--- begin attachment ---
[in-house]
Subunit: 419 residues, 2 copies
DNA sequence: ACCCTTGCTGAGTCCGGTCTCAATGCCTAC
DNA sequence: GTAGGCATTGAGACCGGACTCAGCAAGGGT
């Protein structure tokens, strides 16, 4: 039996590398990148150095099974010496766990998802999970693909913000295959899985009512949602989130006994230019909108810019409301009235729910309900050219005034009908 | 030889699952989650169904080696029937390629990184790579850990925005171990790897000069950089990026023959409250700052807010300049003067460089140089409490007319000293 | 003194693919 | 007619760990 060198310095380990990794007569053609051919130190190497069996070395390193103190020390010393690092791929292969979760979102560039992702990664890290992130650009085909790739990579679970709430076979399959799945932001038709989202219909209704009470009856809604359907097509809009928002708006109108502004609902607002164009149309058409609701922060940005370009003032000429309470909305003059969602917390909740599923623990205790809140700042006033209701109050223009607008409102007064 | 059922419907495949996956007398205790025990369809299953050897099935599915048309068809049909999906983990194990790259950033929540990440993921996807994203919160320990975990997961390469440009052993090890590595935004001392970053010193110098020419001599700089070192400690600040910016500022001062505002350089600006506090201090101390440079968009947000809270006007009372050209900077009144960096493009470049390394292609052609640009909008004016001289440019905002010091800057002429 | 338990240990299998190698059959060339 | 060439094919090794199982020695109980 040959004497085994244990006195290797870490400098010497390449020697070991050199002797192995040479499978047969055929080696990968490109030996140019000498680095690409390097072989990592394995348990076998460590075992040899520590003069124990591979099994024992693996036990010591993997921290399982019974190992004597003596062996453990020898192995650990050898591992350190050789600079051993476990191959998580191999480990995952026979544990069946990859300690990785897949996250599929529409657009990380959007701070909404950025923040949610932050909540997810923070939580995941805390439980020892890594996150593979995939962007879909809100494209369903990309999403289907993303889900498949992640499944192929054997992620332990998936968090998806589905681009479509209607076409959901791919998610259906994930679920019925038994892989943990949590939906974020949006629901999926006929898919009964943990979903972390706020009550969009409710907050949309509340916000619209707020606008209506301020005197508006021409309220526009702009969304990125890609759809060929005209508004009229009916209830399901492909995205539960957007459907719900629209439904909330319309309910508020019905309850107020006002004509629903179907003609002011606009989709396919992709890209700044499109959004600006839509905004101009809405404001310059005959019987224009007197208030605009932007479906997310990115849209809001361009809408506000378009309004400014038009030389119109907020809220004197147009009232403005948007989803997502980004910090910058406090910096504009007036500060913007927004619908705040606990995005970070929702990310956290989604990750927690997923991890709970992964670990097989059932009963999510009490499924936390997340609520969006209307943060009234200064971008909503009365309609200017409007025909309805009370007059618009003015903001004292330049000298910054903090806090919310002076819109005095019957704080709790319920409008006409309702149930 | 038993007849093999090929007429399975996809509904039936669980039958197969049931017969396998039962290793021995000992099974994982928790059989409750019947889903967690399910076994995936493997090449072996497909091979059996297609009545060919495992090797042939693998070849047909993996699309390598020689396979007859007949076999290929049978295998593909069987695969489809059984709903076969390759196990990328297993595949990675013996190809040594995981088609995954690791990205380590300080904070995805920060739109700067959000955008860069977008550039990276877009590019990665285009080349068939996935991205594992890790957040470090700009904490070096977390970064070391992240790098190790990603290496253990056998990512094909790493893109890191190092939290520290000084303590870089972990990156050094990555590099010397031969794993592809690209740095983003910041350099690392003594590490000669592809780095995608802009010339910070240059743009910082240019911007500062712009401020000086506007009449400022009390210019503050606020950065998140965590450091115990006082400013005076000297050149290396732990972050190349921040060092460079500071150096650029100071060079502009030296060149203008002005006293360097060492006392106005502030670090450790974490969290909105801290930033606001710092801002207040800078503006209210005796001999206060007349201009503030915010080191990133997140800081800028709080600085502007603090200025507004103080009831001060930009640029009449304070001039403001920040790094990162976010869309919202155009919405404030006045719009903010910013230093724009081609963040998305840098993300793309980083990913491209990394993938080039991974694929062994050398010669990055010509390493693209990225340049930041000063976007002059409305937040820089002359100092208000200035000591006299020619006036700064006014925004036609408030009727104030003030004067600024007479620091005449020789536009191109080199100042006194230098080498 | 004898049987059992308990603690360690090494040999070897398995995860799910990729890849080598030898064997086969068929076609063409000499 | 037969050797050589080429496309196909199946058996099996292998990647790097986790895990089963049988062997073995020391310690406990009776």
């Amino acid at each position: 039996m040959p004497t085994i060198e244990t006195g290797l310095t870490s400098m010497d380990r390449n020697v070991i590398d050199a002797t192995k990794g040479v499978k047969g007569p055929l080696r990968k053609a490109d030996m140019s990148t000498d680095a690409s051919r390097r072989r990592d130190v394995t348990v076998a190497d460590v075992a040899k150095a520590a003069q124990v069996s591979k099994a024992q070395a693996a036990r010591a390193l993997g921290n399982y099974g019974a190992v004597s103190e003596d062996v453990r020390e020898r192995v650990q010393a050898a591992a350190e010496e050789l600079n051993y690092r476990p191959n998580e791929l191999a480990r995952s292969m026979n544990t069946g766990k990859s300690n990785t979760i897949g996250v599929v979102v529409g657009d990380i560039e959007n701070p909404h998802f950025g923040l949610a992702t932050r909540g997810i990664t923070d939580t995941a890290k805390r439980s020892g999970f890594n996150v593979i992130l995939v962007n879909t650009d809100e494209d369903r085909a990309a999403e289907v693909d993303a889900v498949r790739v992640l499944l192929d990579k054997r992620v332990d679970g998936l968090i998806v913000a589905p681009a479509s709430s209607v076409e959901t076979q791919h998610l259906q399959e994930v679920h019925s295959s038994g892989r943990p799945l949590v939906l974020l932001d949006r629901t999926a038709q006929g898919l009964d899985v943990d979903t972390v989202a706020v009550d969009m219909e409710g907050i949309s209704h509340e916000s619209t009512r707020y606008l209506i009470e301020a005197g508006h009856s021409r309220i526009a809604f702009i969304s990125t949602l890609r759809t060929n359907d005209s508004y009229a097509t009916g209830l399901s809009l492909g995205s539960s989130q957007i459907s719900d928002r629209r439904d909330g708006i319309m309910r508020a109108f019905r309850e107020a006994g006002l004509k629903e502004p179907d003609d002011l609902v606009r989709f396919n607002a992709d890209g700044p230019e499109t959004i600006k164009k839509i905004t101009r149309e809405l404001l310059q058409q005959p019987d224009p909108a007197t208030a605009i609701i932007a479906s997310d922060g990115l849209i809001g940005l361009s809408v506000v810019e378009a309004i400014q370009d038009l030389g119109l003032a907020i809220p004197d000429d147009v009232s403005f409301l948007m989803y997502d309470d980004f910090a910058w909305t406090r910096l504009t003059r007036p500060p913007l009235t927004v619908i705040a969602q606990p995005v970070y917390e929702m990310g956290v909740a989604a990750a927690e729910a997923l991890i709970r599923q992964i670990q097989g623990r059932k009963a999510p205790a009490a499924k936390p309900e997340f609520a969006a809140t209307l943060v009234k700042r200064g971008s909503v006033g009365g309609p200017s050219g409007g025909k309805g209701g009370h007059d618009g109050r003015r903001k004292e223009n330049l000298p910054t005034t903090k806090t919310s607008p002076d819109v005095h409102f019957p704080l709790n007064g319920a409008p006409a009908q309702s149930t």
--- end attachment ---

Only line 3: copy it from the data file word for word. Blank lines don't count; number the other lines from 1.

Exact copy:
DNA sequence: ACCCTTGCTGAGTCCGGTCTCAATGCCTAC